Subrogation is a concept that's understood among insurance and legal firms but often not by the policyholders who employ them. If this term has come up when dealing with your insurance agent or a legal proceeding, it is in your self-interest to understand an overview of the process. The more information you have, the more likely relevant proceedings will work out favorably.
Any insurance policy you own is a promise that, if something bad happens to you, the firm that insures the policy will make good in a timely manner. If your vehicle is hit, insurance adjusters (and the judicial system, when necessary) determine who was at fault and that party's insurance pays out.
But since figuring out who is financially accountable for services or repairs is usually a confusing affair – and time spent waiting often adds to the damage to the policyholder – insurance companies often opt to pay up front and figure out the blame afterward. They then need a means to regain the costs if, when all is said and done, they weren't responsible for the payout.
Let's Look at an Example
You arrive at the doctor's office with a gouged finger. You hand the receptionist your health insurance card and he writes down your coverage details. You get stitched up and your insurance company gets an invoice for the tab. But the next afternoon, when you clock in at your workplace – where the injury happened – you are given workers compensation paperwork to file. Your employer's workers comp policy is actually responsible for the bill, not your health insurance. The latter has a right to recover its money in some way.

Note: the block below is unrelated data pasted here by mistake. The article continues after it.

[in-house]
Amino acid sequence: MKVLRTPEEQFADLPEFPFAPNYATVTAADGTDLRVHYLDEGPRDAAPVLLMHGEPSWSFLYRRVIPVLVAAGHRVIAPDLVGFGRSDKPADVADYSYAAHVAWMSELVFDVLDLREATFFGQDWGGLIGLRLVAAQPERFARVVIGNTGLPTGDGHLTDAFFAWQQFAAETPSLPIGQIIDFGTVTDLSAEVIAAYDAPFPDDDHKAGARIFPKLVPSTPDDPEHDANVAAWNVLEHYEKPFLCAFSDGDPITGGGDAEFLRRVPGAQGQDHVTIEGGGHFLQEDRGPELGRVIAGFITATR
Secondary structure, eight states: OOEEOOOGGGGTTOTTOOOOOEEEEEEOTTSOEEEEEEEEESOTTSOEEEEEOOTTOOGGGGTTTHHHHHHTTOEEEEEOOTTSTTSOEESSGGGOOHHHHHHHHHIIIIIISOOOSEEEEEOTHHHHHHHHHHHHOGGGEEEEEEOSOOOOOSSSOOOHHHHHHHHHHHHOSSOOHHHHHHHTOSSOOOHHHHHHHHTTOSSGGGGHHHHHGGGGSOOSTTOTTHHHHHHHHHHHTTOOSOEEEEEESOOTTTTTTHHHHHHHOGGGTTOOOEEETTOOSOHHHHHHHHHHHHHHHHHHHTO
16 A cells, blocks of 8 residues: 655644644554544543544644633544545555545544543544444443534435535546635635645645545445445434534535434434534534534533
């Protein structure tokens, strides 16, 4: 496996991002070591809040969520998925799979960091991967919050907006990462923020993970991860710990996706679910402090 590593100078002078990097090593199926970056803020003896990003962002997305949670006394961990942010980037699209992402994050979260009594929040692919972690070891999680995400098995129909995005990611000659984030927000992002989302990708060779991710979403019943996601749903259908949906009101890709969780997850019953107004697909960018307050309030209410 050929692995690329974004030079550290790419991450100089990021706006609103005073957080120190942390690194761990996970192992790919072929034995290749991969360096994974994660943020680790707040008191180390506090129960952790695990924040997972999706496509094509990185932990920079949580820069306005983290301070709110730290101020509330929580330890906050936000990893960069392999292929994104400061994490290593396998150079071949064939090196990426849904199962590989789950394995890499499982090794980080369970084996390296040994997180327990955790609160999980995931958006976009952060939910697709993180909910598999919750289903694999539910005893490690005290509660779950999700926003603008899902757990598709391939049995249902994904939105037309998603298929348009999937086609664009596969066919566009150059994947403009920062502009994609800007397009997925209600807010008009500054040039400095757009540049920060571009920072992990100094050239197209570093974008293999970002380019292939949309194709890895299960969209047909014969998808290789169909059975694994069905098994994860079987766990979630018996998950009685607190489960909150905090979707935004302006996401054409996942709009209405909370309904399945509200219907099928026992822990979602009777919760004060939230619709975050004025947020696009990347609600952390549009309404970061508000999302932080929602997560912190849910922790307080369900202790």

How Does Subrogation Work?
This is where subrogation comes in. It is the process that an insurance company uses to claim reimbursement after it has paid for something that should have been paid by some other entity. Some insurance firms have in-house property damage lawyers and personal injury attorneys, or a department dedicated to subrogation; others contract with a law firm. Usually, only you can sue for damages done to your person or property. But under subrogation law, your insurance company is given some of your rights for having taken care of the damages. It can go after the money originally due to you, because it has covered the amount already.
How Does This Affect Policyholders?
For a start, if you have a deductible, it wasn't just your insurance company that had to pay. In a $10,000 accident with a $1,000 deductible, you have a stake in the outcome as well – to the tune of $1,000. If your insurance company is unconcerned with pursuing subrogation even when it is entitled, it might opt to get back its expenses by ballooning your premiums and call it a day. On the other hand, if it has a proficient legal team and goes after those cases aggressively, it is doing you a favor as well as itself. If all is recovered, you will get your full deductible back. If it recovers half (for instance, in a case where you are found one-half at fault), you'll typically get $500 back, based on the laws in most states.
In addition, if the total expense of an accident is more than your maximum coverage amount, you may have had to pay the difference. If your insurance company or its property damage lawyers, such as Car Accident Attorney Sumner, pursue subrogation and wins, it will recover your costs as well as its own.
All insurers are not created equal. When comparing, it's worth comparing the records of competing agencies to determine whether they pursue winnable subrogation claims; if they resolve those claims without delay; if they keep their customers advised as the case continues; and if they then process successfully won reimbursements right away so that you can get your losses back and move on with your life. If, instead, an insurance agency has a reputation of paying out claims that aren't its responsibility and then covering its profitability by raising your premiums, you should keep looking.